Once in California we lived in Alameda, CA near San Francisco. Henry joined the U.S. Army and Edward the U.S. Air Force. The cold weather in Northern California was just too harsh for my mother who had spent all her life in the Philippines. As fate would have it, one day while crossing the streets of San Francisco, I was stunned to meet a close friend from Cavite, Dorothy Golly! Right away she helped me get a job as a file clerk for an insurance company. I didn’t expect to start working so soon since I wanted to explore the city but couldn’t pass up the opportunity. Dorothy’s family was just like ours. Her dad was an American serviceman and her mom a Filipina. Dorothy and her family moved to San Gabriel, a city east of Los Angeles. We were encouraged to move and also settled in San Gabriel.

San Gabriel then was a sleepy Mexican-American town. Now it has become a settlement for Asian folks. All along its main Valley Boulevard we have our pick of Chinese, Vietnamese, Thai or Malaysian restaurants. With Asian signs and characters dominating the skyline, driving along this boulevard you would think you’re in Orient.

I will always remember San Gabriel because this is where exciting things in my life started to happen. In 1953, dad bought a lot and had a house built. This was the 50’s and life in America was simpler. Filipino sailors in the US Navy were frequent visitors to our home. I, my mom and my sister would attend many parties and dances. In 1956 there was a beauty contest to select Miss Philippines of Los Angeles county and my sister Janet entered and won the title.

It was at one of those Saturday night Filipino Community dances that I met this handsome, 19 year-old Pinoy, born in San Francisco. His name was Chester Jimenez, son of James Jimenez, native of Tondo, Manila and Herminia Maldonado of Cavite City. Herminia was the sister of Tony Donado, a well-known businessman in Cavite City. I have always heard the saying that marriages are made in heaven, and that someone up there keeps a book with the names of couples who are bound to become soul mates on earth. Imagine that! Neither time nor distance nor circumstances would prevent the fulfillment of love ordained in heaven. Chet and I met in May of 1955 and we were married on November 26, 1955. We were sure of each other then and the years we have been together proved we were meant for each other.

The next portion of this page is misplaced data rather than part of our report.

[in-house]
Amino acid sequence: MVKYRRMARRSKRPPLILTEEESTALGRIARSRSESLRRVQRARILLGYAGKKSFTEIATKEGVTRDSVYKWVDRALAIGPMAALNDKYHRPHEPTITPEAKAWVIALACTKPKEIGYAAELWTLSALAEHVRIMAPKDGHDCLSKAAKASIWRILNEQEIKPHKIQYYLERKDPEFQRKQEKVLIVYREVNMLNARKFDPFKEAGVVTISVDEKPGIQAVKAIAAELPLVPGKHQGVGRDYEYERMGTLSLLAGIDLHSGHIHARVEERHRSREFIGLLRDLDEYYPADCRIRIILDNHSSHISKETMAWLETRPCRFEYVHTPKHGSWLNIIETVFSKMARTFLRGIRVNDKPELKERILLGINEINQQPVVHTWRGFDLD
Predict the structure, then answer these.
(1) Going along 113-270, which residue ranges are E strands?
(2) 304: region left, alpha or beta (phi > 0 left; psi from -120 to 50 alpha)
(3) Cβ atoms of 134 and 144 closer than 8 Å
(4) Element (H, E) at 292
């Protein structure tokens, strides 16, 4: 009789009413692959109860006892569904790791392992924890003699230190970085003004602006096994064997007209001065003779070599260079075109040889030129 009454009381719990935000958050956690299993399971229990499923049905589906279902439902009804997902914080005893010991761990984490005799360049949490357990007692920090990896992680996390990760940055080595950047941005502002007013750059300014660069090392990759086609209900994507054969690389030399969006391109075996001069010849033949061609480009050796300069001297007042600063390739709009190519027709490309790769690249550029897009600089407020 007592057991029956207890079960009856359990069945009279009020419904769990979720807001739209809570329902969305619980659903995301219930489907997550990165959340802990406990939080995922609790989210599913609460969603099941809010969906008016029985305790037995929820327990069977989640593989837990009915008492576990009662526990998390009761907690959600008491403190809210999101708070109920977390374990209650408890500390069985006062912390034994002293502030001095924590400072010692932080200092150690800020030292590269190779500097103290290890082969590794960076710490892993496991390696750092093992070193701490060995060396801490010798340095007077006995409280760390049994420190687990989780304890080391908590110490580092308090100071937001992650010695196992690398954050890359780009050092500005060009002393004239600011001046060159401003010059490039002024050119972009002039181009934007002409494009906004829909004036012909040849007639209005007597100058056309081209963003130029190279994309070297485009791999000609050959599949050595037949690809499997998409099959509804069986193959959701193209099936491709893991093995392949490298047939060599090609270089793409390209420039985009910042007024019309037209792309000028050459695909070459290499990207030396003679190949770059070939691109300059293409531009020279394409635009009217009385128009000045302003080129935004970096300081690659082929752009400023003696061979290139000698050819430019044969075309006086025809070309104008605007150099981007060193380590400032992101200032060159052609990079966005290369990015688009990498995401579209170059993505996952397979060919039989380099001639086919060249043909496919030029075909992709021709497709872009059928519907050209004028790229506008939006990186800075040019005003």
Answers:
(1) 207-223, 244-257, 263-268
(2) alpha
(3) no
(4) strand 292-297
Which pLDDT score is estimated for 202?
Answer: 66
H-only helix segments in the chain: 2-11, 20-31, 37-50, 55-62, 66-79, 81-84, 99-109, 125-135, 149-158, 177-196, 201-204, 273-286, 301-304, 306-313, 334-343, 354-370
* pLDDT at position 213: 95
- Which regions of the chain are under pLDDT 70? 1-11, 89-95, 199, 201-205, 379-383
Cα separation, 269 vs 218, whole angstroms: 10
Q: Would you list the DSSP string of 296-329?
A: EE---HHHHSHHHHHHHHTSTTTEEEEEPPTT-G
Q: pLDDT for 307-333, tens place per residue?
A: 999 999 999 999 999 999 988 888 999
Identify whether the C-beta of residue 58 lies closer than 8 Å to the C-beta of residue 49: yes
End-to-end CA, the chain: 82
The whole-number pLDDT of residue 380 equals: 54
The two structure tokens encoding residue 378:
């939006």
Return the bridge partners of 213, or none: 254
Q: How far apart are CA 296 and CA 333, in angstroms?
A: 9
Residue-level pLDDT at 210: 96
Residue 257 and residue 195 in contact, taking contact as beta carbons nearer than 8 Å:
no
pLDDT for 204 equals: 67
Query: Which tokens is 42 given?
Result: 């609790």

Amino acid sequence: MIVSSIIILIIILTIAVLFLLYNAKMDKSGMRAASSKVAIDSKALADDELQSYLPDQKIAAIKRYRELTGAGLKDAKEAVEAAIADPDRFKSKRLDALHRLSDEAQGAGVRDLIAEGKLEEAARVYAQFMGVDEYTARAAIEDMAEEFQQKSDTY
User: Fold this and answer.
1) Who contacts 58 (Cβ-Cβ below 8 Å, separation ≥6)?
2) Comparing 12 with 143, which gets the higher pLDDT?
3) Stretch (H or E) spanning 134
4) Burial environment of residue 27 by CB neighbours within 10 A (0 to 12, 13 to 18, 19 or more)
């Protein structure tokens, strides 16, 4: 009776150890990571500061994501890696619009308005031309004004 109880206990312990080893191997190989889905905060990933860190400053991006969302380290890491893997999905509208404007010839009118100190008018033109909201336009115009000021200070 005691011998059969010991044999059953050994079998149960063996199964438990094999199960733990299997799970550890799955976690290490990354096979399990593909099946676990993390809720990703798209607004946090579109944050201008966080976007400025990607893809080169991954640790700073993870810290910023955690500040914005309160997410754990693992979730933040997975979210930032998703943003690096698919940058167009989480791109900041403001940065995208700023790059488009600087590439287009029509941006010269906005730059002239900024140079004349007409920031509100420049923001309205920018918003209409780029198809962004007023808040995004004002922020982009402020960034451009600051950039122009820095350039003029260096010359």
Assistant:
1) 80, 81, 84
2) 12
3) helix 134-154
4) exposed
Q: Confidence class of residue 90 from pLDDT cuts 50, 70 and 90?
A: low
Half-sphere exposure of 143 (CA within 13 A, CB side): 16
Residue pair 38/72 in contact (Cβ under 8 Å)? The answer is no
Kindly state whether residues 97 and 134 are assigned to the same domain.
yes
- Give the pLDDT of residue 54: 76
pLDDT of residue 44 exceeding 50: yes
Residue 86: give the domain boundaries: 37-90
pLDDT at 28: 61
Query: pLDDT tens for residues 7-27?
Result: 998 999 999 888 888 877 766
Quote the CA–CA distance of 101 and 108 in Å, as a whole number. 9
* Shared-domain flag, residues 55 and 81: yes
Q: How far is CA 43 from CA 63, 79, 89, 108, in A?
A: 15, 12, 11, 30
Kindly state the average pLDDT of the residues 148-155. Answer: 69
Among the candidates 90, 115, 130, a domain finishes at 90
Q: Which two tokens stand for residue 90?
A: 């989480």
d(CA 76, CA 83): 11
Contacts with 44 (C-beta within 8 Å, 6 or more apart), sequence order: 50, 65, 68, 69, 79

We began our life together in Los Angeles. In 1958 we bought our first home in Gardena, CA, our second home San Gabriel and finally our third home Alhambra, CA. In 1955 Chet started work as an aerospace structural design engineer for North American Aviation which later became Rockwell International Space Division and now is known as the Space and Communications Division of the Boeing Co. He was involved in projects such as the Apollo and the Space Shuttle programs. Chet really loved his job and retired in 2001 after 46 years with the same division. In Los Angeles, I worked as a salesgirl for May Co. and a bookkeeper for Security Pacific Bank.

Ever since our first child was born in 1958, I have been a stay-at-home mom and have loved every moment of it. I have always been thankful to my husband for having given me that opportunity. However, raising three children was no walk in the park either. It was a full t ime job that did not end after the usual eight hours.

Our eldest daughter Linda was born in 1958 and became a pharmacist and has two children, handsome Matt, age 13 and precocious Amanda, age 4. Amanda by the way had her first paying job in a commercial for Toys R Us which is now airing this November 2002.

Our daughter Lorraine was born in 1965. She is an aerospace design engineer just like her Dad and works for the Boeing Co. She and her husband Alan Youngkin who is an electronics design engineer with Raytheon Electronics, have two children, lovely Jessica, age 16 and stalwart Andrew, age 9.

Our son Daniel was born in 1970. He is still single, lives with us and works for Pro-Gear, a manufacturer of deep-sea fishing rods and reels. He loves fishing and we have a good supply of fresh barracuda, bass, yellowtail, tuna and albacore all the time.

I always enjoy telling my children and now my grandchildren about the happy days of my childhood in Cavite City when I was going to school. However, the best years of my adult life happened here in Southern California where I met, married, and have been living for 47 years with the love of my life.... Chet. In the time of my life everything seems to have fallen into place.... the right place, the right time.

I want to thank each and everyone of CHS CLASS ‘52 for the kindness and friendship you have shown Chet during our reunions. We appreciate it very much and we are looking forward to more reunions to come. MAY GOD BLESS US ALL!